That’s always bothered me because it’s clear she’s speaking to the adults as well as the kids, and while they may have been infants during the first war, they not only lived through the second one, but came of age during it, fought in it, and lost loved ones to it. The events of the second wizarding war shaped their lives in an undeniable way, and it doesn’t really matter that they were young, because all four of them (aside from perhaps Ginny) lost what was left of their childhoods as a result of the war.

So, naturally, I had to write a poem.

You are young
And you have no idea
How dark the world was
When years of terror went on
With no end
And only the bravest dared to

No. You have no idea
What trials three children
On the run
Faced in a world ruled by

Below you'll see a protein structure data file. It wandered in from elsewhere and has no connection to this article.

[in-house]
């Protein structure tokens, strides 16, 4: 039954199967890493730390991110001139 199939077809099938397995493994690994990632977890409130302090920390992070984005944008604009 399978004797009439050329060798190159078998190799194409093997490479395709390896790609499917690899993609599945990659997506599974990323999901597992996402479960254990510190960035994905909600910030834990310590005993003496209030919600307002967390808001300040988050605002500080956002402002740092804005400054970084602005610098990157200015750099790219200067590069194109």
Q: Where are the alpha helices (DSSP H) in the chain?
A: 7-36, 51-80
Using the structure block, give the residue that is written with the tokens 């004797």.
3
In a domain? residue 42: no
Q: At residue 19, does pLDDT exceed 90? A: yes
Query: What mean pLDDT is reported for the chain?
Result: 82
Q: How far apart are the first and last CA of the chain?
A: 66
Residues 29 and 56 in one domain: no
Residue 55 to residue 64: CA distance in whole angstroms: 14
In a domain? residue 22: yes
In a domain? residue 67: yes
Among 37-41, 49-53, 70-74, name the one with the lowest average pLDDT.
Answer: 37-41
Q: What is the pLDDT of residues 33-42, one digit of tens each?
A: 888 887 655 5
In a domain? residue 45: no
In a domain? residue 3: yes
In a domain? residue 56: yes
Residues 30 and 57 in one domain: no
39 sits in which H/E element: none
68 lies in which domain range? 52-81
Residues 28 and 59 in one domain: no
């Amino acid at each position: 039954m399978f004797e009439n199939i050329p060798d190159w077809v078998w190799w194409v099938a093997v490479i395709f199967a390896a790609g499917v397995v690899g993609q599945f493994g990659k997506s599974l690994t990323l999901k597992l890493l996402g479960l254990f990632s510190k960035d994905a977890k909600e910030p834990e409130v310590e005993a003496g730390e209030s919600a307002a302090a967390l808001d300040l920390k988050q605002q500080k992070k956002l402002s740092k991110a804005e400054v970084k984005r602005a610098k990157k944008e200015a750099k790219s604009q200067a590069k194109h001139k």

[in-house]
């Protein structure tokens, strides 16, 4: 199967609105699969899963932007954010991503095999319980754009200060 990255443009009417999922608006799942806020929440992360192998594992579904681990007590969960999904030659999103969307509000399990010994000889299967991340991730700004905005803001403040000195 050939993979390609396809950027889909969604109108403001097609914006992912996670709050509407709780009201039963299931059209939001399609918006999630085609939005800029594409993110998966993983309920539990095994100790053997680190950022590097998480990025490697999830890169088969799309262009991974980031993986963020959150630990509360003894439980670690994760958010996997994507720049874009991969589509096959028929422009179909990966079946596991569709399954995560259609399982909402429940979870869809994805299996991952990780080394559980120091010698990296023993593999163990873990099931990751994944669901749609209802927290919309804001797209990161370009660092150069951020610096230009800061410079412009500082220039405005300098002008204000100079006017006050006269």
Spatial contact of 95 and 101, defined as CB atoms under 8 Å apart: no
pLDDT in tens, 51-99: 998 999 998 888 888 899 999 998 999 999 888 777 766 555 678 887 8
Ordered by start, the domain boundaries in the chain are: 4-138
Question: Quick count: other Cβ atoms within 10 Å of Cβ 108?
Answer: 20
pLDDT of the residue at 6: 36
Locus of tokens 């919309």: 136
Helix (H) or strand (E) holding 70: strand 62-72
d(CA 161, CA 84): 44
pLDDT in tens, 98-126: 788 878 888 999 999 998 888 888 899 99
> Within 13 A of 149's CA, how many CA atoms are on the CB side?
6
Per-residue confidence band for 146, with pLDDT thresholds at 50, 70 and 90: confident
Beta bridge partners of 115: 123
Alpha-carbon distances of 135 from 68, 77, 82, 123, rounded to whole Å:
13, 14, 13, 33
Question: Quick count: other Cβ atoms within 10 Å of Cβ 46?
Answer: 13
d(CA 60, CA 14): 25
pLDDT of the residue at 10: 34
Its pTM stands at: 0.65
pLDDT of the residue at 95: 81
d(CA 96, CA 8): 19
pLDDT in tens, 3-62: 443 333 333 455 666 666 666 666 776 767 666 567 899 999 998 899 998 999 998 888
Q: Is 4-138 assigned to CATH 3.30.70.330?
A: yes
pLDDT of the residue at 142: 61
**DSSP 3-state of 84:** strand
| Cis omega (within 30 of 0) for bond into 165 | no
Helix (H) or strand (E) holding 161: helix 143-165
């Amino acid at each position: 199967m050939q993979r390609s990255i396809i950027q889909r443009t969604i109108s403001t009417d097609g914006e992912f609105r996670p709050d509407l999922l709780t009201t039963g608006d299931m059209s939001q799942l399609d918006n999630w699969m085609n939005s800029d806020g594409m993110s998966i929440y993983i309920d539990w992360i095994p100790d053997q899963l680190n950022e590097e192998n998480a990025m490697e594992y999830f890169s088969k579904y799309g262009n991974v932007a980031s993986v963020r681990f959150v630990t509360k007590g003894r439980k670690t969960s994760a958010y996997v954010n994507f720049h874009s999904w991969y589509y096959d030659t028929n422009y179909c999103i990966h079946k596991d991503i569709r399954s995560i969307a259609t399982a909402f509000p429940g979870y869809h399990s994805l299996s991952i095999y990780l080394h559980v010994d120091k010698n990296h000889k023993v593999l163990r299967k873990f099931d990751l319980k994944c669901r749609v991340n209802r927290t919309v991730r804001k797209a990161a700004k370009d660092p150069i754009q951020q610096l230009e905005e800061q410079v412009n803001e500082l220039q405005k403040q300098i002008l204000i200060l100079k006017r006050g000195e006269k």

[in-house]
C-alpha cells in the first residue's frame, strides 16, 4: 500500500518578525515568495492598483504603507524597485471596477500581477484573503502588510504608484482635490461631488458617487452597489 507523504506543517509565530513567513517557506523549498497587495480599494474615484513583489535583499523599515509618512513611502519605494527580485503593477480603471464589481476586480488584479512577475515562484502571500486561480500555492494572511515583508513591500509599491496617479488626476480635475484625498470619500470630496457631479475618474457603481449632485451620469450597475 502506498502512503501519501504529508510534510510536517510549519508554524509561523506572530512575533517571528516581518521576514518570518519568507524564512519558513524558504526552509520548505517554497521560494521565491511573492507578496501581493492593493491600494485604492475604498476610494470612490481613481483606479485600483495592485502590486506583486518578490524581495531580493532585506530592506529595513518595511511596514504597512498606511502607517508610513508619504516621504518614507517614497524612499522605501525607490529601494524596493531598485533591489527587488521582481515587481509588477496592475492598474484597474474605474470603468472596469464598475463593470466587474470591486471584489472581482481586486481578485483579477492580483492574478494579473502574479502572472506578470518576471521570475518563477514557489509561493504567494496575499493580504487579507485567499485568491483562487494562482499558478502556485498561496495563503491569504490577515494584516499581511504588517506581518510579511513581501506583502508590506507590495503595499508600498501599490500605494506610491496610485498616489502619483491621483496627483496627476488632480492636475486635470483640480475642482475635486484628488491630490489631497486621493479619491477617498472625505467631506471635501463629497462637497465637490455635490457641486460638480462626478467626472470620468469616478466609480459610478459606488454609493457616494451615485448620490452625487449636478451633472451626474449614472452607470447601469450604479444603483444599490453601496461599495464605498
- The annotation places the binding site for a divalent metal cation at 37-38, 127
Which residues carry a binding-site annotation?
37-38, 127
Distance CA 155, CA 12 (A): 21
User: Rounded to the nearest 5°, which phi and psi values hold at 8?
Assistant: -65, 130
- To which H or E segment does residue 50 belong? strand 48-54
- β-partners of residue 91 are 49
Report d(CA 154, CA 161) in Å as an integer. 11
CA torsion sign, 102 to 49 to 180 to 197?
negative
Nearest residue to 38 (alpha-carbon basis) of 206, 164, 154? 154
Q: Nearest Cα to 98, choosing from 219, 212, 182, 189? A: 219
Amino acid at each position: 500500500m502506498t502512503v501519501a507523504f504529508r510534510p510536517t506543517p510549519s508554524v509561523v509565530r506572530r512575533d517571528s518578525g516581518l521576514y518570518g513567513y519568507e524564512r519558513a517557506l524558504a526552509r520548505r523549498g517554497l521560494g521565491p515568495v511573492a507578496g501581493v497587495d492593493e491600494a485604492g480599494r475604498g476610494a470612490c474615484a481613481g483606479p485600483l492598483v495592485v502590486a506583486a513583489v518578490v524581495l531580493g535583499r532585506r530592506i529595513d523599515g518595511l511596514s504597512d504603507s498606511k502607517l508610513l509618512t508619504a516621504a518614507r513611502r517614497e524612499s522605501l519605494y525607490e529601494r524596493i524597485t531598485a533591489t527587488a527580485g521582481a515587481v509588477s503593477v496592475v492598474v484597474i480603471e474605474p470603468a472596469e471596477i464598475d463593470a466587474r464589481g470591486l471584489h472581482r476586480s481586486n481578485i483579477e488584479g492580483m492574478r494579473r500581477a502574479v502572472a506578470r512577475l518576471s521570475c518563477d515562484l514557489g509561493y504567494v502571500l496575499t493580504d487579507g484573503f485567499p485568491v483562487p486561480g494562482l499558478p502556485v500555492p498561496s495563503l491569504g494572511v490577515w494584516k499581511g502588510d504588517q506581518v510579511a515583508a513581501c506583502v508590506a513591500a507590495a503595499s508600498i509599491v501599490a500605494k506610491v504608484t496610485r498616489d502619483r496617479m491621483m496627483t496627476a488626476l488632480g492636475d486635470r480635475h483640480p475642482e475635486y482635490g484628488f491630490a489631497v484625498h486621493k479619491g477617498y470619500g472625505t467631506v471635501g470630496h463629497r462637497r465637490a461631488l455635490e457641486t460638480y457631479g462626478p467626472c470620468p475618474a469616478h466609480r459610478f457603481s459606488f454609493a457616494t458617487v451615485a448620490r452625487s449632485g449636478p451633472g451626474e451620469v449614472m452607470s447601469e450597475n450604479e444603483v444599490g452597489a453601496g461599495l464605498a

You have no idea
What it’s like to fight
And bleed
And watch friends die
In a losing battle
For a world that slips away
Again and again

You have no idea
What it’s like to kill or be killed
Fight or lose everything
In years that should be filled with
Laughter and

You have no idea
What it’s like to see
Darkness grow in the shadows
And rise up to consume

You have no idea
What it’s like to face death at

You have no idea
What it’s like to be old
And to see this fragile peace
Again and

You have no idea
What it’s like to be young
And to lose your childhood to

Wand of the Week: Scorpius Malfoy

Very mild Cursed Child spoilers

When I picked a wand for Albus, pine and phoenix feather jumped out at me, and likewise, consistent and faithful unicorn hair seems like an obvious choice for Scorpius. The fact that both of them would then have the same wand cores as their fathers, despite being quite different people, is an added bonus.